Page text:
If you are still undecided, give vendors an idea of when your decision might be made, or tell them when to follow up with you. Always make sure your have your first choice vendor contracted before you blow off your second or third choices, you may end up needing them after all. If you take a long time to make decisions, your first choice may no longer be available by the time you get to booking them.

The key to all of it is communication and professionalism. The people you are dealing with are pros, treat them as such. They are there to help you through this process. Ask questions and be up front. You’ll take a lot of stress out of the whole thing for both you and your vendors. If you find someone difficult to communicate with or unwilling to make any compromises, you may need to go back to the choosing stage and skip booking them altogether.







Your First Dance and You – Happy Together?

This is something I have been wanting to address for a very long time. This issue has been near and dear to my heart since the first night I stepped onto the bandstand to rock a wedding. The first dance. This moment can be terrifying or exhilarating for the happy couple. Choice makes all the difference. The styles can be as varied as the couples themselves. Some are sweet and touching, some are down and dirty and others are tried and true. From Let’s Get it On to I Wanna Grow Old With You, I’ve seen the gamut. I say if you can bring a tear to this hardened professional’s eye (or make me laugh, for that matter) you’ve done a good job at choosing.


On the subject of laughter however, you want to have people laughing with you, not at you! My biggest and best piece of advice when choosing a first dance song? Listen to the lyrics. All of the lyrics. If this seems like a no brainer to you, good, you are well on your way to a moment that will be memorable for all of the right reasons. If not, then listen up. I will give you some guidelines for song choice that should help you avoid any songs about infidelity, break ups or mass murder.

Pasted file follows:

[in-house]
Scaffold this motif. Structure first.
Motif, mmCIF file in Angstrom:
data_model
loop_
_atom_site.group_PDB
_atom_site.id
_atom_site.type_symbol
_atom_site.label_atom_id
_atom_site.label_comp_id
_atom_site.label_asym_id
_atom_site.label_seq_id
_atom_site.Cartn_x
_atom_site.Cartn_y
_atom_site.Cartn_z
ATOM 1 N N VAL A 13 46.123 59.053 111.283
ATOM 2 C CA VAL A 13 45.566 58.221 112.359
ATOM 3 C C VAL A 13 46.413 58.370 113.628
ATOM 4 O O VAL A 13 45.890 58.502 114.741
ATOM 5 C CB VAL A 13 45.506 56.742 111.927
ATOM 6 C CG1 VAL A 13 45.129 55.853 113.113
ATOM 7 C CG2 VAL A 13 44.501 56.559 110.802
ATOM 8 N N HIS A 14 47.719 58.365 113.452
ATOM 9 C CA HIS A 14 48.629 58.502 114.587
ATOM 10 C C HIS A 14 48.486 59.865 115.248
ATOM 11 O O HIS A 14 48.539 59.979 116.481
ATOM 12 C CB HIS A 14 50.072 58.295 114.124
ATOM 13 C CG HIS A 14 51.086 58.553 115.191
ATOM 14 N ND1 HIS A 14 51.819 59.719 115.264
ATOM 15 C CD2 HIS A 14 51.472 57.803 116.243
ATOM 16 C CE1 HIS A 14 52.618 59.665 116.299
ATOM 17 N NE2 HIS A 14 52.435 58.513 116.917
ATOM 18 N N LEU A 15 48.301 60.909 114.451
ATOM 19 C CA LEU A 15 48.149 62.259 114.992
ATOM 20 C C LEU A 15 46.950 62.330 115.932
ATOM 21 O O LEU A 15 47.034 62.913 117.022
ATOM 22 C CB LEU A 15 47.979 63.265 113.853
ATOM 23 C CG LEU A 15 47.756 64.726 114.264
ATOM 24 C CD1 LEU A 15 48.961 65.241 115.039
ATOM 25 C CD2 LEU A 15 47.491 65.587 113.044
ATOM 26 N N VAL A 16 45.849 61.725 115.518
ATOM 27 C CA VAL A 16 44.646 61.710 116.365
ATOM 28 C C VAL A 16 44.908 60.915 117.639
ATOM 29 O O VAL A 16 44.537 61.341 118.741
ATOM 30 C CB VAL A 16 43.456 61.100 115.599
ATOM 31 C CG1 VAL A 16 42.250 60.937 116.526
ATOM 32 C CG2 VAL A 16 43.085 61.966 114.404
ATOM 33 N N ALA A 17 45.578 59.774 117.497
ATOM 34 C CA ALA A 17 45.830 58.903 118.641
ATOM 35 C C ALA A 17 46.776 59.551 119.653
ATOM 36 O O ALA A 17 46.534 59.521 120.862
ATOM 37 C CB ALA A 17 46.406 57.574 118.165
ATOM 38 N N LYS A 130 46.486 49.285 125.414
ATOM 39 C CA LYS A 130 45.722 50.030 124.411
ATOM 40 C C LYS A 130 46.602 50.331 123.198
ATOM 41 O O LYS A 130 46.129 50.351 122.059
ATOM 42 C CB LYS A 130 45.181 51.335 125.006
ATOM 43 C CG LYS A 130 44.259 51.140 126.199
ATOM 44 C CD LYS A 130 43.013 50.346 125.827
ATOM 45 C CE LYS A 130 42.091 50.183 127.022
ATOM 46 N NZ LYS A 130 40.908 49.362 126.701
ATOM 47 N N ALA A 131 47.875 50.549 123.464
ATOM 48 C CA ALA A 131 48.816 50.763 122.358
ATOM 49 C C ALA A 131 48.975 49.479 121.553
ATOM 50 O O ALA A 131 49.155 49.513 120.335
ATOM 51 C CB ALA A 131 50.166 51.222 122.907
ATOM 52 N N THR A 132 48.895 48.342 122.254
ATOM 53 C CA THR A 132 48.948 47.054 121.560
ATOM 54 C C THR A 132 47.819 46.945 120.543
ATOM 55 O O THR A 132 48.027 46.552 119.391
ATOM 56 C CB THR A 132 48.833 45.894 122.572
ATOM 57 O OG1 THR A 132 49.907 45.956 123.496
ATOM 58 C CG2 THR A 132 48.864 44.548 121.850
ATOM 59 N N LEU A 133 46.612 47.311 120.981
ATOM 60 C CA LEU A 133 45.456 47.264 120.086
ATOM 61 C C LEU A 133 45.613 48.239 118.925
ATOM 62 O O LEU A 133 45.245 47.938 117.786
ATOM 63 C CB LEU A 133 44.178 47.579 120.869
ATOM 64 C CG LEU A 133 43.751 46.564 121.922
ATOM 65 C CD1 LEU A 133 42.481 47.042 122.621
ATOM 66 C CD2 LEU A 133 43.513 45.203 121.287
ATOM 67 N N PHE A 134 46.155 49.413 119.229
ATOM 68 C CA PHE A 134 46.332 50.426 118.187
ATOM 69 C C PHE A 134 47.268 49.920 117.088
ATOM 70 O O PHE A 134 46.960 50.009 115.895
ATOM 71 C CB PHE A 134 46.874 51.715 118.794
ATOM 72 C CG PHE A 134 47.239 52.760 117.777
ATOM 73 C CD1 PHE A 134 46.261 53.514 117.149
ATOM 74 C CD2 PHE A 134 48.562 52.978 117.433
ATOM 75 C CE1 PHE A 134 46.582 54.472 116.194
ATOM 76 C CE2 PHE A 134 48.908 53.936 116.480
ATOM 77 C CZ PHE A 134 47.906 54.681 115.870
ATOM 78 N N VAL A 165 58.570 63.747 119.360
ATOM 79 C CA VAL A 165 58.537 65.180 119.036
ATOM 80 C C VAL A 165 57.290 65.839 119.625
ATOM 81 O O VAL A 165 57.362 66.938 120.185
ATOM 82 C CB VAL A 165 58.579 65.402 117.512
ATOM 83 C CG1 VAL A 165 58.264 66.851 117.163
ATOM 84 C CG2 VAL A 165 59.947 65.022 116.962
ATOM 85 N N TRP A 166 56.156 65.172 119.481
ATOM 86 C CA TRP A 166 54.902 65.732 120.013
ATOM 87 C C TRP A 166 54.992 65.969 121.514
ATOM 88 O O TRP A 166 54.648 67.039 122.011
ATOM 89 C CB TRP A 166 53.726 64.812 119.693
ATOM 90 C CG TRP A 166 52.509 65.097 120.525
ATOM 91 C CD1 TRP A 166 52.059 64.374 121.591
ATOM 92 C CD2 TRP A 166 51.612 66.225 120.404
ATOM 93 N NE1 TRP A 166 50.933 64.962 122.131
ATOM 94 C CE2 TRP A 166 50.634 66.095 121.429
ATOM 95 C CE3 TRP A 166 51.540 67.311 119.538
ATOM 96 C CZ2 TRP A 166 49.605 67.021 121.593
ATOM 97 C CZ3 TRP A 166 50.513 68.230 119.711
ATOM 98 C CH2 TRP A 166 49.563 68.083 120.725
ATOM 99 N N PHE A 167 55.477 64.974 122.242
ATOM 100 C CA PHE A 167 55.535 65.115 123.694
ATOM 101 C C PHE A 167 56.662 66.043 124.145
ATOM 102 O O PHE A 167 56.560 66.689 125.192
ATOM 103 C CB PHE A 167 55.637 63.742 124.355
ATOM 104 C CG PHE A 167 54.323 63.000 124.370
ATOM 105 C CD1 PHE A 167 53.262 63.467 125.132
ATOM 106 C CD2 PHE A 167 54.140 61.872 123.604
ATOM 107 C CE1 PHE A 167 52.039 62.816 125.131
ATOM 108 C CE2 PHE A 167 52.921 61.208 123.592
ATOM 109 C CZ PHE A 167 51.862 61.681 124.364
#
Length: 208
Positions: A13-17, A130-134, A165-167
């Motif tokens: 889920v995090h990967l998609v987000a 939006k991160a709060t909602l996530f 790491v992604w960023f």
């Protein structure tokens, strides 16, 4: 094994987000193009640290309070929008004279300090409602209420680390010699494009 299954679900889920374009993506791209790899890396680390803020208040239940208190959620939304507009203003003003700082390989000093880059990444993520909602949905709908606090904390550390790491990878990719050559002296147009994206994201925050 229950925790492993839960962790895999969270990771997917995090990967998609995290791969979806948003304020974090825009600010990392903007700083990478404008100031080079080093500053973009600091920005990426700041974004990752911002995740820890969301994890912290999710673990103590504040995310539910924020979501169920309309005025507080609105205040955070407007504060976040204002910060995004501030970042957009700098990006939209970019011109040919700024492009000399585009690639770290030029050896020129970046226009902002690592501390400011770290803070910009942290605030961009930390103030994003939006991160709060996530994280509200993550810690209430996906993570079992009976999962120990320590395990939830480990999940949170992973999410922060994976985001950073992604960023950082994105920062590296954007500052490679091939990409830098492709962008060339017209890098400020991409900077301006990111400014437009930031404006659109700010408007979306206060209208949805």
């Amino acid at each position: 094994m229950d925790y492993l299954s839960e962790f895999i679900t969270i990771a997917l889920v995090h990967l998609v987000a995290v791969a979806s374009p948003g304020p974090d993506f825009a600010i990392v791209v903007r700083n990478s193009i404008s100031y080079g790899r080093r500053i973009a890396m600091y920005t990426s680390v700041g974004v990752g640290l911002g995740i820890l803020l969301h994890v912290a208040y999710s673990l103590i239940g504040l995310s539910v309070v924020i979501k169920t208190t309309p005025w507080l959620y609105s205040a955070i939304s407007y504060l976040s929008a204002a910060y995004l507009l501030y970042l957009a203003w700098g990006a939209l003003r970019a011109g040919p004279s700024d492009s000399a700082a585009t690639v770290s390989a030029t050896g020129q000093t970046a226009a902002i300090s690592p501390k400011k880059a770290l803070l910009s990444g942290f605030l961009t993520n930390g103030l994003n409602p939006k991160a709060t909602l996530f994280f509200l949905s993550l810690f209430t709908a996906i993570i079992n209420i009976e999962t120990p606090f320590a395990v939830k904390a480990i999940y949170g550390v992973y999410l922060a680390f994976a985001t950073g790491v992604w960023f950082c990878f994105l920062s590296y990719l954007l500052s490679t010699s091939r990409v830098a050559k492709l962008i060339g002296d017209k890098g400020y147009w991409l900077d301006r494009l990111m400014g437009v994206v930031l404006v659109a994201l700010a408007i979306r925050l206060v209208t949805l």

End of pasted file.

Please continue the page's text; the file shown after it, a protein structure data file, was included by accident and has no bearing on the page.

Listen extra carefully to the lyrics, especially if the song you are considering is sung by a moody pop artist, i.e. Dido, Zero 7, Coldplay or U2. “White Flag” is not a love song, unless your idea of love is crazy stalking. “With or Without You” has too many options, for both of you, and you want to avoid any references to porn and/or drugs. You can do this by paying special attention to the verse, that’s usually where these references are inserted into pop music. Even if the chorus proclaims love and unending desire, you want to be sure these proclamations are directed towards a human being and not a motorcycle, turtle, or humpty-back camel. In fact, avoid any form of the word hump!¬†You are probably on the safer side if you are looking at a country cross-over ballad or anything your parents might have had at their wedding.

OK, another important aspect of a first dance is that you are supposed to actually dance to it. Danceability is a big factor that should inform your decision. For this, there is a sliding scale, directly related to your ability to dance. If you have “Dancing With the Stars” style moves under your belt, or your fiance attended the Alvin Ailey School you are in the clear here. I’m guessing you can throw down to just about anything. For the rest of us however, try dancing to the song before you fall in love with it. Even the most confident person can be shaken by flying solo on a dance floor. At my wedding, people were just not getting the message to join in and my husband and I just kept cracking up. It doesn’t matter if it’s slow or fast as long as you are comfortable doing whatever dance it is.